A Life in Pictures

If God had intended us to follow recipes,
He wouldn’t have given us grandmothers.
~Linda Henley

I’d like you to meet my paternal grandmother. Grandma Nellie lived in the same small town I grew up in, just across the length of the town from my house. I could see her house out the front window of our house. In fact, my mother and I would watch the barn behind her house every weeknight. As soon as my mother saw those barn doors close, she would head into the kitchen to put the final preparations on dinner as that signaled my father was done for the day and headed home.

I have only vague memories of Grandma Nellie. I remember her house, surrounded by farmland, barns, grain silos, and gardens. The old horse trough in front of it that had an old pump. The chicken coop door that I spent hours hammering nails into while she babysat me. Her refrigerator, filled with homemade treats and home-canned foods. The old pot-belly stove in the sitting room, next to her rocker, and the couch with her crocheted afghan across the back. Her dresser, holding the box of powder and antique glass perfume bottle that smelled of lilacs. I remember how strong her arms were. And spending lots of time sitting at her kitchen table watching her cook.

The stories I most remember about her involved cooking, as that’s where she spent a lot of her time. I, of course, always wanted to help, and she was patient enough to let me, even though now I realize I caused more trouble than I actually helped in any way. One of her prize canning recipes was the one for her pickled beets. I did not like them, but they were the most beautiful color. Their juice was vibrantly scarlet. I loved the color so much she would save me all the leftover juice so that I could fill the sink with water and soap bubbles, pour in the juice, and play with a mound of scarletly-pink bubbles until they disappeared. My hands would be stained pink for days! One very memorable time, she indulged my whim to help her fry some liver for dinner, not anticipating the abandon with which I would toss the floured piece into the cast iron skillet of hot oil. She scrambled for a bucket of ice to cover the burns on my arm before shuttling me into the pick-up truck and driving me uptown to my parents, who were attending a meeting at the church. From the time in her kitchen, I learned the best way to roll biscuits, how to make an amazing white gravy, and the recipe for pumpkin bread that I still use today. I was only eight when she passed away.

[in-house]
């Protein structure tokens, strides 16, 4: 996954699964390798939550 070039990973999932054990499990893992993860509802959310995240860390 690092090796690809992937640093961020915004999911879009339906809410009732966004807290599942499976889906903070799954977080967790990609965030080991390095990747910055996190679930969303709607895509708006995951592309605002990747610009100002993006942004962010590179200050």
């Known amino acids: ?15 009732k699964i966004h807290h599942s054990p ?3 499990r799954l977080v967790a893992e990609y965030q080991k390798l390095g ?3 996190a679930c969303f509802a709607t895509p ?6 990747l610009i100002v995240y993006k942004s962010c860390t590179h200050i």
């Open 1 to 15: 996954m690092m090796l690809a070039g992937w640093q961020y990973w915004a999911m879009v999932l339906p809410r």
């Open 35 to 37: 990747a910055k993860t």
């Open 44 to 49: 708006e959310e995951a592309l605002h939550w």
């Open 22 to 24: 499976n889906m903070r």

As I’ve gone through the first round of family photographs and started organizing them into family groupings, I’ve found a mix of pictures of her, so I thought I’d share some moments of her life as I’ve discovered them.

A life in pictures.

Grandma Nellie was born in Kentucky in January 1887. The earliest picture I have ever found of her is, unfortunately, the one in the worst shape, and, of course, undated. I’m guessing she was probably four or five at the time, but that’s just a guess.